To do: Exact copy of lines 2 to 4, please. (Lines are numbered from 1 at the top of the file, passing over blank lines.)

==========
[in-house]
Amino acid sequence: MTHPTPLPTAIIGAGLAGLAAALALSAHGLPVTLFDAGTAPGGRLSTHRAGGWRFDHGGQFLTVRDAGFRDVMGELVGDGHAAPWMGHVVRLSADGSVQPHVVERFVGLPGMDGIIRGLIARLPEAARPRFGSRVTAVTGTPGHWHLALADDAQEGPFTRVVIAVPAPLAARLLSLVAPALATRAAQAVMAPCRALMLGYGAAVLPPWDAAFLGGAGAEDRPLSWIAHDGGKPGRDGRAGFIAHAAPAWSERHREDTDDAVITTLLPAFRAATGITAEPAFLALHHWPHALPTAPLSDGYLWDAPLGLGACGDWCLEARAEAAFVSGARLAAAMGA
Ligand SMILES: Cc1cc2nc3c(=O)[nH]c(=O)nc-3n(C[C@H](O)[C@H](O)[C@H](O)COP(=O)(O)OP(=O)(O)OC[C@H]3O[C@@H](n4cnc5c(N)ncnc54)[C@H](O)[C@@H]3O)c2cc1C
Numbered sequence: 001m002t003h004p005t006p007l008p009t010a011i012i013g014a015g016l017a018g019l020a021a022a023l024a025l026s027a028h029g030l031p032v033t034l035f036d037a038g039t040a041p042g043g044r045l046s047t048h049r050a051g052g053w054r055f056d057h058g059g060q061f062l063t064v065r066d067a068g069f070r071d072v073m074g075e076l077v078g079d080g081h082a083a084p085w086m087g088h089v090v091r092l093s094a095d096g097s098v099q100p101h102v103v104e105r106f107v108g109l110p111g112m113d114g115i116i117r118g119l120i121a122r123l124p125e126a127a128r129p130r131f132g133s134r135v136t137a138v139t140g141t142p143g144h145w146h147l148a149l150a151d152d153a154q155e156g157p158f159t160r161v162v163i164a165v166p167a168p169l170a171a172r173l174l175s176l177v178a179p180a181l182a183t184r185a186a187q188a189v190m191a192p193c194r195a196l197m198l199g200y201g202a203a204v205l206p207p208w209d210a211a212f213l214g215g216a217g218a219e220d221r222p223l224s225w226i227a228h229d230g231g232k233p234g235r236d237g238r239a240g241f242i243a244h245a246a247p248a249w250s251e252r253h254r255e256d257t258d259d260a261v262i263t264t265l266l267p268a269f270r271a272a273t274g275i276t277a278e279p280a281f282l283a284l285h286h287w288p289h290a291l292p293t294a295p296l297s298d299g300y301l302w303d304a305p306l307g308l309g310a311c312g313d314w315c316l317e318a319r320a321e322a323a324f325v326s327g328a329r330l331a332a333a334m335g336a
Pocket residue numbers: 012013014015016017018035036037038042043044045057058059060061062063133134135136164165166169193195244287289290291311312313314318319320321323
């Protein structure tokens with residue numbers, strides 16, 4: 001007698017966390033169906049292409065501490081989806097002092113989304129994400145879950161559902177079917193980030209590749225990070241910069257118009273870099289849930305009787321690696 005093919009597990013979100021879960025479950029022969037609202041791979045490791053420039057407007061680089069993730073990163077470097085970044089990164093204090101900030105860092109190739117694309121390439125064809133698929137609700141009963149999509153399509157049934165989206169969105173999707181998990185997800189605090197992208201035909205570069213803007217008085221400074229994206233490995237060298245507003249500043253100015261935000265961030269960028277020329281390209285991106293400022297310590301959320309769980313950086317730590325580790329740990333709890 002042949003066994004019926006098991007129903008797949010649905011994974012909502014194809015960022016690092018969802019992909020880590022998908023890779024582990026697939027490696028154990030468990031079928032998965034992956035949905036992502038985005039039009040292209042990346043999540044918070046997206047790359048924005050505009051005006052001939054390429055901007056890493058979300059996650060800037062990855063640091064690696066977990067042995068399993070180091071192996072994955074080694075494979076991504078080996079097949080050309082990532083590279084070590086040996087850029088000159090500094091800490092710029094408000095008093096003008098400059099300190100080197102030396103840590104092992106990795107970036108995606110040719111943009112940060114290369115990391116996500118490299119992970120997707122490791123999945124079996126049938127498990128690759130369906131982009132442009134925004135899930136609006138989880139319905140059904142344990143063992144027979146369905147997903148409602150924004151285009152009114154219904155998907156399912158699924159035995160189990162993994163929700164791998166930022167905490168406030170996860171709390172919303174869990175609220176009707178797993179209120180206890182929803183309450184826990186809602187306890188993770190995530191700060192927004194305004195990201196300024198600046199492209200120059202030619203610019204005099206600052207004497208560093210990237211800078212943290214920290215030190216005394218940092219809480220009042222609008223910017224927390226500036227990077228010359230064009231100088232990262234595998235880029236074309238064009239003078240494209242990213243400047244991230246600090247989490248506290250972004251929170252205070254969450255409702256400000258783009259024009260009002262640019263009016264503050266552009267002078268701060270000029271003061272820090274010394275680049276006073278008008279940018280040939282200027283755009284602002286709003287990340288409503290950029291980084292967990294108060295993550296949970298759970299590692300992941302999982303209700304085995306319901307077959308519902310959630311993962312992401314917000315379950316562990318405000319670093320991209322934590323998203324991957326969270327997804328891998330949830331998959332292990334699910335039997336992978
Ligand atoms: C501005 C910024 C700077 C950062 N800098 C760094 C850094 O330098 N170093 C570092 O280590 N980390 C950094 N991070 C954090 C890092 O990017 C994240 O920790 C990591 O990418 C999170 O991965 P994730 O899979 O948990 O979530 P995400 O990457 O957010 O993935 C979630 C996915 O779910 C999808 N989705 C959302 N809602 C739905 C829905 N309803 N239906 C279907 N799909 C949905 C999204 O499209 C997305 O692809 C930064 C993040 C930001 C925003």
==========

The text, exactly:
Amino acid sequence: MTHPTPLPTAIIGAGLAGLAAALALSAHGLPVTLFDAGTAPGGRLSTHRAGGWRFDHGGQFLTVRDAGFRDVMGELVGDGHAAPWMGHVVRLSADGSVQPHVVERFVGLPGMDGIIRGLIARLPEAARPRFGSRVTAVTGTPGHWHLALADDAQEGPFTRVVIAVPAPLAARLLSLVAPALATRAAQAVMAPCRALMLGYGAAVLPPWDAAFLGGAGAEDRPLSWIAHDGGKPGRDGRAGFIAHAAPAWSERHREDTDDAVITTLLPAFRAATGITAEPAFLALHHWPHALPTAPLSDGYLWDAPLGLGACGDWCLEARAEAAFVSGARLAAAMGA
Ligand SMILES: Cc1cc2nc3c(=O)[nH]c(=O)nc-3n(C[C@H](O)[C@H](O)[C@H](O)COP(=O)(O)OP(=O)(O)OC[C@H]3O[C@@H](n4cnc5c(N)ncnc54)[C@H](O)[C@@H]3O)c2cc1C
Numbered sequence: 001m002t003h004p005t006p007l008p009t010a011i012i013g014a015g016l017a018g019l020a021a022a023l024a025l026s027a028h029g030l031p032v033t034l035f036d037a038g039t040a041p042g043g044r045l046s047t048h049r050a051g052g053w054r055f056d057h058g059g060q061f062l063t064v065r066d067a068g069f070r071d072v073m074g075e076l077v078g079d080g081h082a083a084p085w086m087g088h089v090v091r092l093s094a095d096g097s098v099q100p101h102v103v104e105r106f107v108g109l110p111g112m113d114g115i116i117r118g119l120i121a122r123l124p125e126a127a128r129p130r131f132g133s134r135v136t137a138v139t140g141t142p143g144h145w146h147l148a149l150a151d152d153a154q155e156g157p158f159t160r161v162v163i164a165v166p167a168p169l170a171a172r173l174l175s176l177v178a179p180a181l182a183t184r185a186a187q188a189v190m191a192p193c194r195a196l197m198l199g200y201g202a203a204v205l206p207p208w209d210a211a212f213l214g215g216a217g218a219e220d221r222p223l224s225w226i227a228h229d230g231g232k233p234g235r236d237g238r239a240g241f242i243a244h245a246a247p248a249w250s251e252r253h254r255e256d257t258d259d260a261v262i263t264t265l266l267p268a269f270r271a272a273t274g275i276t277a278e279p280a281f282l283a284l285h286h287w288p289h290a291l292p293t294a295p296l297s298d299g300y301l302w303d304a305p306l307g308l309g310a311c312g313d314w315c316l317e318a319r320a321e322a323a324f325v326s327g328a329r330l331a332a333a334m335g336a